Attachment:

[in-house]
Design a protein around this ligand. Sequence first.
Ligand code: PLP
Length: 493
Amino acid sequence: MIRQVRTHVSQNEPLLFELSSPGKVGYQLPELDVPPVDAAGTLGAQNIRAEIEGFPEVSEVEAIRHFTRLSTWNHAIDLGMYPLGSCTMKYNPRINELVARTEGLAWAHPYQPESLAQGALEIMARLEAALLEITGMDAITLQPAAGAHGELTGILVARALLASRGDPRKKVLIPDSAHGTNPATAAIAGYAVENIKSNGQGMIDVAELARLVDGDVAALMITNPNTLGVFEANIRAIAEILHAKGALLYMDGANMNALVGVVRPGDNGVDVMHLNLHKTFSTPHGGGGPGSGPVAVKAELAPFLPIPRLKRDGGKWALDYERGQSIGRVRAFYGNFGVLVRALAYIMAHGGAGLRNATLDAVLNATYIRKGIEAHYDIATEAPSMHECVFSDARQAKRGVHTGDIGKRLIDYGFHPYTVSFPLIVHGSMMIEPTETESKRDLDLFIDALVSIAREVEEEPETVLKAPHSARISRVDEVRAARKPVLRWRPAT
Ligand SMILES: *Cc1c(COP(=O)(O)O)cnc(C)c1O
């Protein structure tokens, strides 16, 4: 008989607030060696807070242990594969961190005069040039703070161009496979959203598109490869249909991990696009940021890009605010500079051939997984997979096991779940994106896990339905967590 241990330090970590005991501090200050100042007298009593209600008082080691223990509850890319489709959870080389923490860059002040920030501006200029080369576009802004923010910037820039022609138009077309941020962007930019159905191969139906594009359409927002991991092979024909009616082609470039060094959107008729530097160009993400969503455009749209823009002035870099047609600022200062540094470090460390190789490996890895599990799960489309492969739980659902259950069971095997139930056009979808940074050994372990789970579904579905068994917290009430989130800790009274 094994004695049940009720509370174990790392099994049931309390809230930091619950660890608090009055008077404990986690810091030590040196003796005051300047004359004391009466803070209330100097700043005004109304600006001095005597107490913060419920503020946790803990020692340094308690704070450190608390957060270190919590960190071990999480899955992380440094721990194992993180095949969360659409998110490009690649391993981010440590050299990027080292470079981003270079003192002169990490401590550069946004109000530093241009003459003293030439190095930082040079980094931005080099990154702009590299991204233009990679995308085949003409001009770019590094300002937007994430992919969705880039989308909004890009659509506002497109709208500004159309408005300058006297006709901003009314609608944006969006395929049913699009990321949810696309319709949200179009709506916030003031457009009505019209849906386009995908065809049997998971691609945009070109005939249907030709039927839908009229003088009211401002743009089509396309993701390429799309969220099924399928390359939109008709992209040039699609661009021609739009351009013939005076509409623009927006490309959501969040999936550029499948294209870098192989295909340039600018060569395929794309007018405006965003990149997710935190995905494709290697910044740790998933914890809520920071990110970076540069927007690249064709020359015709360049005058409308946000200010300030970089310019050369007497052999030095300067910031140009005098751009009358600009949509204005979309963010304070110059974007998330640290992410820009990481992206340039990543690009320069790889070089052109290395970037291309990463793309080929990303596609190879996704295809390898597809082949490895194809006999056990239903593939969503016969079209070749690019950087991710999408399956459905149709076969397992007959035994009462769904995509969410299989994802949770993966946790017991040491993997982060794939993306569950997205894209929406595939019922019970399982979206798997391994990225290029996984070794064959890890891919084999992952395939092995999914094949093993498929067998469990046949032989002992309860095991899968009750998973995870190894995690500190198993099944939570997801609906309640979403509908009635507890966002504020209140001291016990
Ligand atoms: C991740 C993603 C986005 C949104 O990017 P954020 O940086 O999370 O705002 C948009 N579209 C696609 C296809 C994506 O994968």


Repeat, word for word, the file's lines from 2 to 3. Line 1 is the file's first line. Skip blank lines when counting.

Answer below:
Design a protein around this ligand. Sequence first.
Ligand code: PLP